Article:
Foreclosure Mill That Mocked Homeless Going Out of Business

steven baum
steven baum

What goes around comes around. Well, at least in the case of a "foreclosure mill" that mocked the beleaguered homeowners that it helped remove from their homes.

The same foreclosure law firm that held a homeless-themed Halloween party and has been investigated by the government for unlawful business practices has gotten a taste of its own medicine. Steven J. Baum P.C., a New York law firm that has helped process tens of thousands of foreclosures, has notified government labor departments that it will initiate "mass layoffs" and close the company altogether after completing its current assignments, HousingWire reports.

The closing of the disgraced "foreclosure mill" marks one of the latest developments in a country-wide campaign against "robo-signing" -- the practice of filing misleading or otherwise faulty foreclosure paperwork. A coalition of state attorneys general is currently negotiating what could be a $25 billion settlement with banks over foreclosure abuses that include robo-signing. And in a precedent-setting case, the Nevada attorney general recently filed criminal charges against two bank employees accused of robo-signing.

The firm's closing comes on the heels of a decision by Fannie Mae and Freddie Mac, the two government-sponsored mortgage giants that own or guarantee a majority of the country's mortgages, to stop using it to process foreclosures. The firm also recently lost the business of Bank of America and Ally Financial Inc.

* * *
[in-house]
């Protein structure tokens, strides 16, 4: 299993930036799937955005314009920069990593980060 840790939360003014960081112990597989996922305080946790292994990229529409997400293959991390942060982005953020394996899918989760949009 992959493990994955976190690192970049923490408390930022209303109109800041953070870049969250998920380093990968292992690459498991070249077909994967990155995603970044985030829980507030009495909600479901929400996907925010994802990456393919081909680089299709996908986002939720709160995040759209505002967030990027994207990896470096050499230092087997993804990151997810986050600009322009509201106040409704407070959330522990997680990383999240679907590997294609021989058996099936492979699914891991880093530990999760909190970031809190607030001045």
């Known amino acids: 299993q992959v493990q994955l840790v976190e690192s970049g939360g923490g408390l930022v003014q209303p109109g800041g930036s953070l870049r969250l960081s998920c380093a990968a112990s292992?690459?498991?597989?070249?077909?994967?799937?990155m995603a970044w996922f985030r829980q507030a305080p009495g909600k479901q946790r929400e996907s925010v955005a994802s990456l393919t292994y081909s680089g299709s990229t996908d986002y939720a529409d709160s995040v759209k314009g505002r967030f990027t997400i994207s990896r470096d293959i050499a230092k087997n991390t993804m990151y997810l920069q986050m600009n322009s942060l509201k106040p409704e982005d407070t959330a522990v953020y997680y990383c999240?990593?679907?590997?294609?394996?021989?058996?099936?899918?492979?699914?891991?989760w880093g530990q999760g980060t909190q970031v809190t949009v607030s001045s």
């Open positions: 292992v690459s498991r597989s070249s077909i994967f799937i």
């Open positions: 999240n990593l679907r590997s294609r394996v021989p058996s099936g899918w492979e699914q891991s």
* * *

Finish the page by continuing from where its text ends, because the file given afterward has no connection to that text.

The decision by Fannie Mae and Freddie Mac might be a result of the firm's involvement in various scandals, the most recent of which was the publicity about its Halloween party, which made fun of foreclosure.

In late October of last year, employees dressed in costumes that denigrated the foreclosed homeowners that they had helped boot from their homes. A photo of the party that was acquired by The New York Times captures a grime-covered staffer dressed in ragged clothes and another holding a sign that reads "3rd-party squatter. I lost my home and I was NEVER served!!" The firm considers the line a "typical excuse" used by homeowners to try and hold onto their homes, according to The New York Times.

The Halloween party certainly didn't help the firm's reputation but, then again, their standing had already taken quite a hit. The firm had been under investigation for engaging in robo-signing and in early October settled with the Department of Justice to the tune of $2 million.

Steven J. Baum P.C. is one of New York's largest foreclosure law firms, and its shuttering will reportedly put about 67 employees out of work at its Amherst, N.Y., office and about 22 at its Long Island office.

"Disrupting the livelihoods of so many dedicated and hardworking people is extremely painful, but the loss of so much business left us no choice but to file these notices," Steven Baum said in a statement.